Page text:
C5 chemicals (isoprene, dicyclopentadiene, piperylene) are co-produced by an extractive distillation process using C5 fraction, by-product of ethylene from naphtha cracker, as a raw material. The authors have developed a new process for producing cyclopentanone and a commercial process for manufacturing cyclopentyl methyl ether using dicyclopentadiene as a starting material for the comprehensive utilization of the C5 chemicals. In this report, we introduce the technical knowledge, especially about catalyst deactivation, obtained in the technical studies for the process development. In addition, we will review recent topics on the development of manufacturing technology for C5 chemicals itself, which is essential to the growth of the C5 chemicals business.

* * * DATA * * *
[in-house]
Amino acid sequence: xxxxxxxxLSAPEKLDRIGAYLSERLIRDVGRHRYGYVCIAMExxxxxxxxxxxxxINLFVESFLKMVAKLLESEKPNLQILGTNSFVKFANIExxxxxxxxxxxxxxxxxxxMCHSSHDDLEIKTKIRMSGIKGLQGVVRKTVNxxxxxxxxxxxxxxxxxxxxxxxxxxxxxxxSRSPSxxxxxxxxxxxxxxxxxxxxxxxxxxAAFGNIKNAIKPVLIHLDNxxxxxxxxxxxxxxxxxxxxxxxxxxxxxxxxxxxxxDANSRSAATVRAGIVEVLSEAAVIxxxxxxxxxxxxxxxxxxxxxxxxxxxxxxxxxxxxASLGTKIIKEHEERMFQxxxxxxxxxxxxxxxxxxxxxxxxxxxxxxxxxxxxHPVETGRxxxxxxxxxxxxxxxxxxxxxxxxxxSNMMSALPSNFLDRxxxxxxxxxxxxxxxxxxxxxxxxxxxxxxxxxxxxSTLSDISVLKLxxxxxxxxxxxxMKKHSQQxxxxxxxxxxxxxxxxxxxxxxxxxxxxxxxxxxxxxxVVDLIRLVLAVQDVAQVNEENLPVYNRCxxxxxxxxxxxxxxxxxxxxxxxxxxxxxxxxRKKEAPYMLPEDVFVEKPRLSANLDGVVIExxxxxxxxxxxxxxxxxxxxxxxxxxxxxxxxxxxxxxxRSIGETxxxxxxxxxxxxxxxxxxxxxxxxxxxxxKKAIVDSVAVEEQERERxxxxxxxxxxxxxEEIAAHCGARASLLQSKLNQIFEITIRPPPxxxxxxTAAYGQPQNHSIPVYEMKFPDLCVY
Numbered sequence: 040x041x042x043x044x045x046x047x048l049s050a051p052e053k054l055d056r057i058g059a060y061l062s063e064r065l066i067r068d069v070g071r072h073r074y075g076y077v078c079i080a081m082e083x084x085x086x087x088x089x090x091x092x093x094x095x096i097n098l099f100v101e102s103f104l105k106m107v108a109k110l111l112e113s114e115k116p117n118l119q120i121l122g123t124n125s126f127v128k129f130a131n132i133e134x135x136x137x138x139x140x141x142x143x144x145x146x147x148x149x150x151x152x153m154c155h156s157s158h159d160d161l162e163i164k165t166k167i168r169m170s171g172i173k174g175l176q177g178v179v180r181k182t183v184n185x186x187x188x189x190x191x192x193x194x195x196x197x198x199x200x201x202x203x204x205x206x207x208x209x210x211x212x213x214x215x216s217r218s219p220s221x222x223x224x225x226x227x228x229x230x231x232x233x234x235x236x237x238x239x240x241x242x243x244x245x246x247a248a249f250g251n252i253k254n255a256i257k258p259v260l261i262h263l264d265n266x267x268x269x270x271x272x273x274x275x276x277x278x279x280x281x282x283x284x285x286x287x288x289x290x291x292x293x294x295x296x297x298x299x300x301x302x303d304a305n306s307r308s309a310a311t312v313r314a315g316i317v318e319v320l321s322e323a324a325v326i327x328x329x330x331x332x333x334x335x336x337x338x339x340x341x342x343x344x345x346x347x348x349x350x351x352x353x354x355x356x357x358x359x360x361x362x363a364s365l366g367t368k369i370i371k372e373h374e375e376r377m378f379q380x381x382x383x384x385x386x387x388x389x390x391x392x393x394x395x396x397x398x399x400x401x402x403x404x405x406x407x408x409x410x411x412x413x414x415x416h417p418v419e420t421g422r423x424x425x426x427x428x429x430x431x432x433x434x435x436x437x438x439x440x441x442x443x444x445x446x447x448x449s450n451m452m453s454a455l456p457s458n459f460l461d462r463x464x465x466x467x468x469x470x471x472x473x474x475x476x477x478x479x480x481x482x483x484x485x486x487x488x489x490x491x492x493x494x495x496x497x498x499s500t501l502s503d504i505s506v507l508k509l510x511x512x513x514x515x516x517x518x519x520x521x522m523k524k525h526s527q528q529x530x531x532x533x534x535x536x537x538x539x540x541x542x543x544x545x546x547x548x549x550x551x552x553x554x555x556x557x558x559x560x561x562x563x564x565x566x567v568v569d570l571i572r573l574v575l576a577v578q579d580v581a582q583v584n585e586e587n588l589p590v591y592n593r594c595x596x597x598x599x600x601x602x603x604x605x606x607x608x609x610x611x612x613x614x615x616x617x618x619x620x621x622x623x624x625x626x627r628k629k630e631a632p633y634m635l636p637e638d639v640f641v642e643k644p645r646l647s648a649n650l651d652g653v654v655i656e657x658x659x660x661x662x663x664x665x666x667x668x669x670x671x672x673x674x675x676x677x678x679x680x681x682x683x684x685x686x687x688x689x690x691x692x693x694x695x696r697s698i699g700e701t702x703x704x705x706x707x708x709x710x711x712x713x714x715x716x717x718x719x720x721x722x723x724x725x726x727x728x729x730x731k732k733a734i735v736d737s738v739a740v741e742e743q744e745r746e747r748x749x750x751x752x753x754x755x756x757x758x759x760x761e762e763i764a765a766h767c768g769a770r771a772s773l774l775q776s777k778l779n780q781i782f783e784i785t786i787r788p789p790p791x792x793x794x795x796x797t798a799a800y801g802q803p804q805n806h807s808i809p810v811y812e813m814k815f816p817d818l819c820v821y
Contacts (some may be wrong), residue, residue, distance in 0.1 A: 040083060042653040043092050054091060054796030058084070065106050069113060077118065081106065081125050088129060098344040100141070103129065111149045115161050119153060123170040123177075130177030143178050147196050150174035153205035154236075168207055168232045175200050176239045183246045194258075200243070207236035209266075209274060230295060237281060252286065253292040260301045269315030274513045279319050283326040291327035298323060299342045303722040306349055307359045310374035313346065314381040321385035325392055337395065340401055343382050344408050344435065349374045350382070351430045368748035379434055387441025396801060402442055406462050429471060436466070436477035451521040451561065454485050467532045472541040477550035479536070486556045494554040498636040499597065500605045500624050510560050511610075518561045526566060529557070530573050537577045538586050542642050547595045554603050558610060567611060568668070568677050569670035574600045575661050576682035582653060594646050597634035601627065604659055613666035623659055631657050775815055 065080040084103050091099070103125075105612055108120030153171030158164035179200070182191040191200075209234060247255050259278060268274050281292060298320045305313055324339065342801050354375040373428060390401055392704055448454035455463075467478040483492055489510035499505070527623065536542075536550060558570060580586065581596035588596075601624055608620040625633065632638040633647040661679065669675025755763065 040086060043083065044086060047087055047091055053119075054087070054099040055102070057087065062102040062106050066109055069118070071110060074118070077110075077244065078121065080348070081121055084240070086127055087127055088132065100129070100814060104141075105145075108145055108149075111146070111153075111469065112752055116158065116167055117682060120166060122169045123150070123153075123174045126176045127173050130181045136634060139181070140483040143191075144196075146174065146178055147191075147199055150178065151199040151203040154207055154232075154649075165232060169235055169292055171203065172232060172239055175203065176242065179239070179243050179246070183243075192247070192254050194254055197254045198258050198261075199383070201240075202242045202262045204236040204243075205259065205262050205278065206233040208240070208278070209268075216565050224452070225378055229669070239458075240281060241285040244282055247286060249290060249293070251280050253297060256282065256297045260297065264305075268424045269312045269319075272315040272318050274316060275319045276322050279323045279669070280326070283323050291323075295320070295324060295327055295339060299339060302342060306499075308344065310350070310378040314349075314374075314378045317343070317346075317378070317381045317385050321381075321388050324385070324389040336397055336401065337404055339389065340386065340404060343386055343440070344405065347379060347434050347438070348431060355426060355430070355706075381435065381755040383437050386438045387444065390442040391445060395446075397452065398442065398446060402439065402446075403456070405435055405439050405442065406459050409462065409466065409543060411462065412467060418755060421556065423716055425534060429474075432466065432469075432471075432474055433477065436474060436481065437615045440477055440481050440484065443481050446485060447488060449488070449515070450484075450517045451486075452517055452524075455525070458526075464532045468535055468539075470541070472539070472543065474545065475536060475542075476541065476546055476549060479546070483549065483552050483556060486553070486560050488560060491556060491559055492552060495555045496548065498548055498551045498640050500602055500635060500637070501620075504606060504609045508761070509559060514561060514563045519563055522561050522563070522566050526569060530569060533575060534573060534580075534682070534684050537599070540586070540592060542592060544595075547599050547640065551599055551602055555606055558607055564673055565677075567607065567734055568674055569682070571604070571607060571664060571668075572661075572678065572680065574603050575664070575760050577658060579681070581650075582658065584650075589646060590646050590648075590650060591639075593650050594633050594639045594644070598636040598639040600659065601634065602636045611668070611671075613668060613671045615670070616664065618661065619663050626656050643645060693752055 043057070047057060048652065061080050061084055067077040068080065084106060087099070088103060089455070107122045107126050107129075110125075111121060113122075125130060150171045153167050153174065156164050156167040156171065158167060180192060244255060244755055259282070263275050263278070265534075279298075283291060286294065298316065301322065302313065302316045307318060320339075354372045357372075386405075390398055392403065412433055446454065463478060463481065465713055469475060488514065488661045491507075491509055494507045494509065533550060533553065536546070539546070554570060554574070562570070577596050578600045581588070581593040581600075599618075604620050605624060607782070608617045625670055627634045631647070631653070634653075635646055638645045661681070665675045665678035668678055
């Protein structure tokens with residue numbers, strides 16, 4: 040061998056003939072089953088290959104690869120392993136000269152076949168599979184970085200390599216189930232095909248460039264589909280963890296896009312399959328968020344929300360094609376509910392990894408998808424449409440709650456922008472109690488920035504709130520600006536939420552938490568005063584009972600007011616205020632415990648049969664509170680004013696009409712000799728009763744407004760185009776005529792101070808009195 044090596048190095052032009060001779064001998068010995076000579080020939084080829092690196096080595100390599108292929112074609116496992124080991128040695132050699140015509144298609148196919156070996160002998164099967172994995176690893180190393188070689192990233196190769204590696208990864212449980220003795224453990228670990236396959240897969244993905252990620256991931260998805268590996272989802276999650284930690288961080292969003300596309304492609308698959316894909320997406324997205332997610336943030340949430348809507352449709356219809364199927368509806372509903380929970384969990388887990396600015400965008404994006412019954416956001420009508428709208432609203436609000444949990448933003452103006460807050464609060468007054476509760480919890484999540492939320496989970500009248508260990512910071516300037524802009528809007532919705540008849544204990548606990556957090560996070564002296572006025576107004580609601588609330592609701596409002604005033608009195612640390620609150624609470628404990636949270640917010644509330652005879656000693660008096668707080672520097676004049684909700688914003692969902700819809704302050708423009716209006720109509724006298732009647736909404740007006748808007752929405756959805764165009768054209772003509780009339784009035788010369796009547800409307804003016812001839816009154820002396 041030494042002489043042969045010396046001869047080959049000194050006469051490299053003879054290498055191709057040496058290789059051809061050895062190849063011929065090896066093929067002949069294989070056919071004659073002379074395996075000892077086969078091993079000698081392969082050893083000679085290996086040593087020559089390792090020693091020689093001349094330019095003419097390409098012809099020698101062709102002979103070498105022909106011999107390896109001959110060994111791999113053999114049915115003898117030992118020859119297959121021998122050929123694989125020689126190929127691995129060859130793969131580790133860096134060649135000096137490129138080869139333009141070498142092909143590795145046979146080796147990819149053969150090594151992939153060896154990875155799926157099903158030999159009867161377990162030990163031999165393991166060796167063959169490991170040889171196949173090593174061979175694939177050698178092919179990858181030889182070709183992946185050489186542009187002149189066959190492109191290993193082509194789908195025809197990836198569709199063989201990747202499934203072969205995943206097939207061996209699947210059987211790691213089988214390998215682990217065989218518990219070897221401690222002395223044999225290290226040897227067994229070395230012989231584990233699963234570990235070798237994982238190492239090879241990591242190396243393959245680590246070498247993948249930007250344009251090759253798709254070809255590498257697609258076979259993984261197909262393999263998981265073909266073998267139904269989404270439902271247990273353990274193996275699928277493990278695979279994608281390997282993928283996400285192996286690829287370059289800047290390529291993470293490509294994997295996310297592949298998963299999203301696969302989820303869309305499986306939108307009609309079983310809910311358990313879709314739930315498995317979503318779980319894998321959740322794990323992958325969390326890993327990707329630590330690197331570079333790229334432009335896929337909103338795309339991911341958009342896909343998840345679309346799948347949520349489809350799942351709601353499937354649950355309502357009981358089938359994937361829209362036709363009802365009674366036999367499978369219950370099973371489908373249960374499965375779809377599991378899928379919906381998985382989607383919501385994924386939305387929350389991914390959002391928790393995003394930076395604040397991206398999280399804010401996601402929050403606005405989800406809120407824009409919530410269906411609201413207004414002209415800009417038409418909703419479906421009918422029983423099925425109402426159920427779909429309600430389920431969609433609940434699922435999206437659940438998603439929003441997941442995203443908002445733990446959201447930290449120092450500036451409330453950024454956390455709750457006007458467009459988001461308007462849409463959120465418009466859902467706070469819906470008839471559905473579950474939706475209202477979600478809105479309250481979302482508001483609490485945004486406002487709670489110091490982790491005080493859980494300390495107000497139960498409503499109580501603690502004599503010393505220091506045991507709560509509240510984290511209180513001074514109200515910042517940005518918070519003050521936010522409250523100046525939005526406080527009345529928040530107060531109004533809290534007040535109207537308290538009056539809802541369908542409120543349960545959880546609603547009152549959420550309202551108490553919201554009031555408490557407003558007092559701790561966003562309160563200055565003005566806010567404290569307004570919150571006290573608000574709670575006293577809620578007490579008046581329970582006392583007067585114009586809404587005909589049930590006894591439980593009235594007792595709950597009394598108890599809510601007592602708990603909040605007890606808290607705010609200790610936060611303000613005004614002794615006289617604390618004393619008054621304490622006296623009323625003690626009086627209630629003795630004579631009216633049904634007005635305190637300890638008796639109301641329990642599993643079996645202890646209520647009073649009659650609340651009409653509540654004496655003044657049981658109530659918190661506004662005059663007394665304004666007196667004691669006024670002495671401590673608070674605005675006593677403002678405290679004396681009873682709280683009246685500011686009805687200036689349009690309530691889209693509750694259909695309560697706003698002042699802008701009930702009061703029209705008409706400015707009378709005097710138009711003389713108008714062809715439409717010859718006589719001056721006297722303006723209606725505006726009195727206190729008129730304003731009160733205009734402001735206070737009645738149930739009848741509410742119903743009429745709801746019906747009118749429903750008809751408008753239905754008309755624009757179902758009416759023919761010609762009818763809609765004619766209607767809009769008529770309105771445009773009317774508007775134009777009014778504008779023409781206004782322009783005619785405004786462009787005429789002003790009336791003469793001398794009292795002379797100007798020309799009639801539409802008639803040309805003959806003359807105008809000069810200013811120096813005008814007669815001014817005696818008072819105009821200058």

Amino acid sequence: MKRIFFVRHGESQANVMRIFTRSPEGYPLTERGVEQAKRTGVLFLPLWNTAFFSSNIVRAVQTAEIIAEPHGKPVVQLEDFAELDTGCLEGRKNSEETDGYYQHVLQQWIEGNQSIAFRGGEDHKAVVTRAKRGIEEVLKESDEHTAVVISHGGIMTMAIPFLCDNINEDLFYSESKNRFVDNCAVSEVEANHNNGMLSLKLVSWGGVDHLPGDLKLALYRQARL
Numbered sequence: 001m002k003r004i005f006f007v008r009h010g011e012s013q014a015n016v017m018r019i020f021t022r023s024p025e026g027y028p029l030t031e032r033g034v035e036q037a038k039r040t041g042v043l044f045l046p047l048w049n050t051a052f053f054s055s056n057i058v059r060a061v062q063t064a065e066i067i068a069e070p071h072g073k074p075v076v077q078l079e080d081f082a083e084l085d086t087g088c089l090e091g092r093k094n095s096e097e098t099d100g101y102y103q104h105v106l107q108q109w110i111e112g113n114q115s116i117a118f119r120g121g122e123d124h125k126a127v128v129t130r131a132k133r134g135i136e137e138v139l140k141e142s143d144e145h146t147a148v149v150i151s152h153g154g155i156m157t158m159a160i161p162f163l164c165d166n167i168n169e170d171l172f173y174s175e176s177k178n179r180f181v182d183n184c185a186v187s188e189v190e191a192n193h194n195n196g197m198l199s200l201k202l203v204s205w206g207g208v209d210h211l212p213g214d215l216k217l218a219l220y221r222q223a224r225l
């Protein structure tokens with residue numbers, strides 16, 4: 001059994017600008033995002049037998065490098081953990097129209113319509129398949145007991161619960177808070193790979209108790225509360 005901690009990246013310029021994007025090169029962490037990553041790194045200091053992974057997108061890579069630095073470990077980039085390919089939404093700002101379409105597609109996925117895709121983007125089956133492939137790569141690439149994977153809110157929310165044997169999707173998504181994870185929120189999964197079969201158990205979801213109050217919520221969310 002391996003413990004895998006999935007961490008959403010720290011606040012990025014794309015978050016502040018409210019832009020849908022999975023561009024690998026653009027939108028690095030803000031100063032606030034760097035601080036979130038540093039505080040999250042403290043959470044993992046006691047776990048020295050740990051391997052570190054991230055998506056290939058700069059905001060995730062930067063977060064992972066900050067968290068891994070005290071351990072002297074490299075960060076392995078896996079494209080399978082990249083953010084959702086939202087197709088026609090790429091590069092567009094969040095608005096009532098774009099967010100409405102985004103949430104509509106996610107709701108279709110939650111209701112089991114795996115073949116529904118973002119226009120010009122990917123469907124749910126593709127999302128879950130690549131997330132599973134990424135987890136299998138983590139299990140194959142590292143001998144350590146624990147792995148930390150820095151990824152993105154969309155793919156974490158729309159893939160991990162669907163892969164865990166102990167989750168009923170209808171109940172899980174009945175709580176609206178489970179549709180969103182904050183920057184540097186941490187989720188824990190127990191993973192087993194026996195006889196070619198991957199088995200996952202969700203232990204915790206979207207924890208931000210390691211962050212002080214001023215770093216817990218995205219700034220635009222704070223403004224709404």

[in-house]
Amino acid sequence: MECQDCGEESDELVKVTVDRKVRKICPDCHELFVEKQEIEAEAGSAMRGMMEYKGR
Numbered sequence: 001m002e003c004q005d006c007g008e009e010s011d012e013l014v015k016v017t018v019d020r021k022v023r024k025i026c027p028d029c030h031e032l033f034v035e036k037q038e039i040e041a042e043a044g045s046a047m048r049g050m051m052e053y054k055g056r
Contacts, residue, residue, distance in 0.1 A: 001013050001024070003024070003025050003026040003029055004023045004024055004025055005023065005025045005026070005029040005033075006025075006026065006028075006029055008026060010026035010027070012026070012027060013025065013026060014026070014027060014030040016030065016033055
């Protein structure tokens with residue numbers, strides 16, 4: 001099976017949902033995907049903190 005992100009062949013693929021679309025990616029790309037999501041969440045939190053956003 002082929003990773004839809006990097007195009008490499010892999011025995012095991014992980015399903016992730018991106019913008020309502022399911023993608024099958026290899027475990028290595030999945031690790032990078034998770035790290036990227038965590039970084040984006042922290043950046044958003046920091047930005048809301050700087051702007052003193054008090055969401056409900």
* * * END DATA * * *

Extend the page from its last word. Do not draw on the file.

This review paper summarizes the recent advances in the transformation of silyl formate to various organic compounds using one-pot processes. Silyl formate can be synthesized from CO2 and hydrosilane via hydrosilylation. Recently, many catalysts have been developed for CO2 conversion to silyl formate, resulting in the increasing importance of further conversion of silyl formate. A number of conversion reactions of silyl formate are introduced, including hydration, ester formation, amide formation, salt production, carbon–carbon bond formation, and metal carbonyl complex formation. These reactions smoothly proceed because of the high reactivity and electrophilicity of silyl formate. In some cases, the scope of the reaction partners, such as alcohols and amines, will also be discussed.